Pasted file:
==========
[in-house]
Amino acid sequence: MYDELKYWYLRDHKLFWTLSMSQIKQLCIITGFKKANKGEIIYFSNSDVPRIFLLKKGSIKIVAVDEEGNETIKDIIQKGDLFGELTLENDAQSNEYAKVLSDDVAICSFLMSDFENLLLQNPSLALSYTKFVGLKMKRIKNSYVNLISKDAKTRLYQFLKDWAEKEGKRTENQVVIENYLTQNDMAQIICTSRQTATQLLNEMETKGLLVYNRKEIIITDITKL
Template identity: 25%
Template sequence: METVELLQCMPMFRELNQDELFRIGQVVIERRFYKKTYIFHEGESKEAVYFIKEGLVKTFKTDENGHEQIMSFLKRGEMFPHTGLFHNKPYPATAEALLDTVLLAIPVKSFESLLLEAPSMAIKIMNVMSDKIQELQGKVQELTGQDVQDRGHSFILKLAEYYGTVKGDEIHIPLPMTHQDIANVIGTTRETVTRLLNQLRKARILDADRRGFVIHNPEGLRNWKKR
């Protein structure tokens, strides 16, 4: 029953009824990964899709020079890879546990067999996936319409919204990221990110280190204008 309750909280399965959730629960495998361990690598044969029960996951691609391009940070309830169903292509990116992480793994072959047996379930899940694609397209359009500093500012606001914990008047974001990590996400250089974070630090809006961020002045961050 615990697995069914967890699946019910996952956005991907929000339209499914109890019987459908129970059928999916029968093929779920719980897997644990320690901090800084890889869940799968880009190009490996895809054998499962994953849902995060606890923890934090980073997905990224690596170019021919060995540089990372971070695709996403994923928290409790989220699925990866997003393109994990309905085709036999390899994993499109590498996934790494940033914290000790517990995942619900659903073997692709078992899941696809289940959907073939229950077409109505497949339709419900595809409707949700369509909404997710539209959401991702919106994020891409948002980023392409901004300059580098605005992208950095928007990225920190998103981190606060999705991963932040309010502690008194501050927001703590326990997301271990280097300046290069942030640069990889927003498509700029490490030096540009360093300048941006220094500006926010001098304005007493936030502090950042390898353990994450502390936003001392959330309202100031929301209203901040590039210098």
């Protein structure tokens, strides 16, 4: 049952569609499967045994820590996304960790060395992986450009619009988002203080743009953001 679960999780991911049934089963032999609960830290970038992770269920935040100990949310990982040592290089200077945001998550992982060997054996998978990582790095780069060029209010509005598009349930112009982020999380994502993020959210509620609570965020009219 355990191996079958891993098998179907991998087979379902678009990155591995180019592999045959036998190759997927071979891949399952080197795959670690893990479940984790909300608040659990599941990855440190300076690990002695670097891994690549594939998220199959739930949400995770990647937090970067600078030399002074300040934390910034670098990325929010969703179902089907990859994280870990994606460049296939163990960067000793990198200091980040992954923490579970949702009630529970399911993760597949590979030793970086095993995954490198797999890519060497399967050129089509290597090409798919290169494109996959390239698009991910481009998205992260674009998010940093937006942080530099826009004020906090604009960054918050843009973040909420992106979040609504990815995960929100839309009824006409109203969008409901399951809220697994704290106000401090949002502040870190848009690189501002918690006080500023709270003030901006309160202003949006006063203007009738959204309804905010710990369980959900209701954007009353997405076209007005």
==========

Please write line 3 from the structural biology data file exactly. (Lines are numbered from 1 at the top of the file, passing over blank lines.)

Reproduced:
Template identity: 25%